“I had a great time at my second Raspberry Jam at the weekend. The thing I enjoyed the most was learning with Scratch with the GPIO pins. This is something my school doesn't teach so I don't get the chance to do anything like this normally. It was great fun programming the LEDs to change different colours using a program I wrote.
The Raspberry Jam is such an amazing workshop and I am very grateful to Andrew and Libby for running it! I can't wait till the December Jam!!”
We didn't just have young people at the NI Raspberry Jam this month! The Jam is open to people of all ages, coding knowledge and backgrounds.
"These events are really great. It lets the kids experiment with technology that they wouldn't otherwise have got the opportunity to use in school. Most schools in Northern Ireland don't seem to offer any coding opportunities for the kids so stuff like this is essential. And Andrew and Libby are great, giving up their Saturdays to come and teach these kids and my son!”
Next month is the Christmas special Jam! We have some secret new activities planned and of course, lots of food!
Want to come along to the next NI Raspberry Jam?
Northern Ireland Raspberry Jam is on the 2nd Saturday of every month with NI Raspberry Jam 7 (Christmas special) being on the 12th December at Farset Labs, Belfast.
Tickets are free! (Although we ask for a £3 donation towards the venue if able to).
The event is especially aimed at complete beginners to the Raspberry Pi or people just starting out, but we do have some more complex projects and challenges for you if you are an expert.
Special thanks to Libby (16) for helping me with this months Jam, and to Farset Labs for basically letting us take over the building for a Saturday afternoon!
You know when you are onto something good when you overhear one of the kids on their way out saying: "Daddy, daddy, can I borrow your phone to book next month's tickets before they all go?”
Interested in finding a Raspberry Jam near you? Check out our Jams page!
We have nearly two hundred new audiobook titles worth considering for your end of the year budget.
No Introduction Needed: Top Authors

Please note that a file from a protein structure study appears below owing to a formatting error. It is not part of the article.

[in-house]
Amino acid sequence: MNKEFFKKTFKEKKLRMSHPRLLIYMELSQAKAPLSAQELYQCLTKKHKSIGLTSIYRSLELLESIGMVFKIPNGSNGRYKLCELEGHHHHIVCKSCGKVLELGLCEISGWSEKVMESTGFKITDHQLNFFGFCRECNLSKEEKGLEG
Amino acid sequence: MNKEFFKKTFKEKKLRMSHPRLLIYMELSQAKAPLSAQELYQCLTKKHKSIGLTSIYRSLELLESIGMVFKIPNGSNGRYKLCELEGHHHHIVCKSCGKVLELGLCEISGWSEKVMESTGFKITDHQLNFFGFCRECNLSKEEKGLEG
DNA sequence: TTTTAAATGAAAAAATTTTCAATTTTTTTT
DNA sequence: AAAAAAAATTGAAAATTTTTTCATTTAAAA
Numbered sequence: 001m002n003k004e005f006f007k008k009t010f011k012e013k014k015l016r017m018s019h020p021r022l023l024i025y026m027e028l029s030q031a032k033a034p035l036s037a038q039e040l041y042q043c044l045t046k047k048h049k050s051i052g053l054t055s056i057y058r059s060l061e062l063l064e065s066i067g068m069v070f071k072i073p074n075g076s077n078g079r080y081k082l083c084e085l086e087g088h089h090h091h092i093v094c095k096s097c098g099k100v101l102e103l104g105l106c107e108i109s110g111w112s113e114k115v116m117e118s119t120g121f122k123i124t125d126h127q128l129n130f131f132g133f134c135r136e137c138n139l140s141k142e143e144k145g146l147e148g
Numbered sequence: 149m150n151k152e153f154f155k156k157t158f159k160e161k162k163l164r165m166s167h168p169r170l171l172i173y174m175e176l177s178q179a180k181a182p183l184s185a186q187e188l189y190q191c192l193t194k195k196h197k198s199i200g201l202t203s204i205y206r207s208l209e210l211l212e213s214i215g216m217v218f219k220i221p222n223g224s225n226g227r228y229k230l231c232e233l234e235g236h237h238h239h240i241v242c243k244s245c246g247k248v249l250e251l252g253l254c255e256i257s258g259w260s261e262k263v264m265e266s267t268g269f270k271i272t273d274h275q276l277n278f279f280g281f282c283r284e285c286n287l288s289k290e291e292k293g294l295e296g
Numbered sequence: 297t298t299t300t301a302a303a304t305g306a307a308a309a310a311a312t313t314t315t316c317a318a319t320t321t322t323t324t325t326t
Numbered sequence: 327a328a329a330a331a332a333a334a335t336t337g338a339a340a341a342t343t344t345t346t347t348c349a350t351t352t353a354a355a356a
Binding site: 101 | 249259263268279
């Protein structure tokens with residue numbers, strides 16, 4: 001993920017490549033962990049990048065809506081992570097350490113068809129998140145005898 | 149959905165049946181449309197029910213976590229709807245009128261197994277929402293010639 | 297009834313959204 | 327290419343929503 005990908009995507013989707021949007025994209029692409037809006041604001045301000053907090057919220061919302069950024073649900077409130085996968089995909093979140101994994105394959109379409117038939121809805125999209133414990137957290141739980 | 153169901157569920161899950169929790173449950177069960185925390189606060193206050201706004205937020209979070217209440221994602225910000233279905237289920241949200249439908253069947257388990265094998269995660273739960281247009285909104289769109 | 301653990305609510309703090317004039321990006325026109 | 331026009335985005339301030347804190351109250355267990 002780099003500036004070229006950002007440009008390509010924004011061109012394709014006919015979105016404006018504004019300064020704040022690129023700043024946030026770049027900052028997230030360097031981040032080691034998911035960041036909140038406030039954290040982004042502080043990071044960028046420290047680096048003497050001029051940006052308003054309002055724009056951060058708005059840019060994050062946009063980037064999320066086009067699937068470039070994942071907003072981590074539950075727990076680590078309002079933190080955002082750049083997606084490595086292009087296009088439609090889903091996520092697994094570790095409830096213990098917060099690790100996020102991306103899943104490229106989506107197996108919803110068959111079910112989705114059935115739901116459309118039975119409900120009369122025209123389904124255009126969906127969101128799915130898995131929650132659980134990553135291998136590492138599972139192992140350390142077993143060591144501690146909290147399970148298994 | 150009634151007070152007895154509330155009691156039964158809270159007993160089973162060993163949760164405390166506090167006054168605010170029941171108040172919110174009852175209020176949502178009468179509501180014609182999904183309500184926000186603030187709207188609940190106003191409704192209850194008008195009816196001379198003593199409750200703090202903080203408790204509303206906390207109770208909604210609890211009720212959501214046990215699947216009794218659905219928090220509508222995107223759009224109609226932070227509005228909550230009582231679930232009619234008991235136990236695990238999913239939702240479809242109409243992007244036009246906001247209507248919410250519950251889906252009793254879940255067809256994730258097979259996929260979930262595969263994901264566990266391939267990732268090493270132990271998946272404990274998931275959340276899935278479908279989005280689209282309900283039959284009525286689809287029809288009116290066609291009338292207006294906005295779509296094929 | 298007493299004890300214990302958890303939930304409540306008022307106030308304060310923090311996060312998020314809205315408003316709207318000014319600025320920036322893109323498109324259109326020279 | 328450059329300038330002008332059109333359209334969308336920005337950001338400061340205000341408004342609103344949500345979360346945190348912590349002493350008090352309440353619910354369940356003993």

David Baldacci – The Escape – Blackstone – read by Ron McLarty and Orlagh Cassidy
Maeve Binchy – Maeve's Times: In Her Own Words – Books on Tape – read by Kate Binchy
Suzanne Brockmann – Undercover Princess – Dreamscape Media – read by Erin Yuen
George W. Bush – 41: A Portrait of My Father – Books on Tape – read by the author
Lee Child – Not a Drill (a Jack Reacher short story) – Books on Tape – read by Dick Hill
Deepak Chopra – The Future of God – Books on Tape – read by the author
Mary Higgins Clark & Alifair Burke – The Cinderella Murder – Simon & Schuster Audio – read by Jan Maxwell
Andy Cohen – The Andy Cohen Diaries – Macmillan Audio – read by the author
Michael Connelly – The Burning Room – read by Titus Welliver
Bernard Cornwell – The Winter King (Warlord Chronicles #1) – HarperAudio – read by Jonathan Keeble
Bernard Cornwell – Enemy of God (Warlord Chronicles #2) – HarperAudio – read by Jonathan Keeble
Bernard Cornwell – Excalibur (Warlord Chronicles #3) – HarperAudio – read by Jonathan Keeble
Bernard Cornwell – Gallows Thief – HarperAudio – read by Jonathan Keeble
Patricia Cornwell – Flesh and Blood – HarperAudio – read by Lorelei King
Clive & Dirk Cussler – Havana Storm – read by Scott Brick
Janet Evanovich & Lee Goldberg – The Job – Books on Tape – read by Scott Brick
Richard Paul Evans – The Mistletoe Promise – Simon & Schuster Audio – read by January LaVoy
Michael Faber – The Book of Strange New Things – Books on Tape – read by Josh Cohen
Tess Gerritsen – Under the Knife – Dreamscape Media – read by Erin Yuen
William Gibson – The Peripheral – Books on Tape – ready by Lorelei King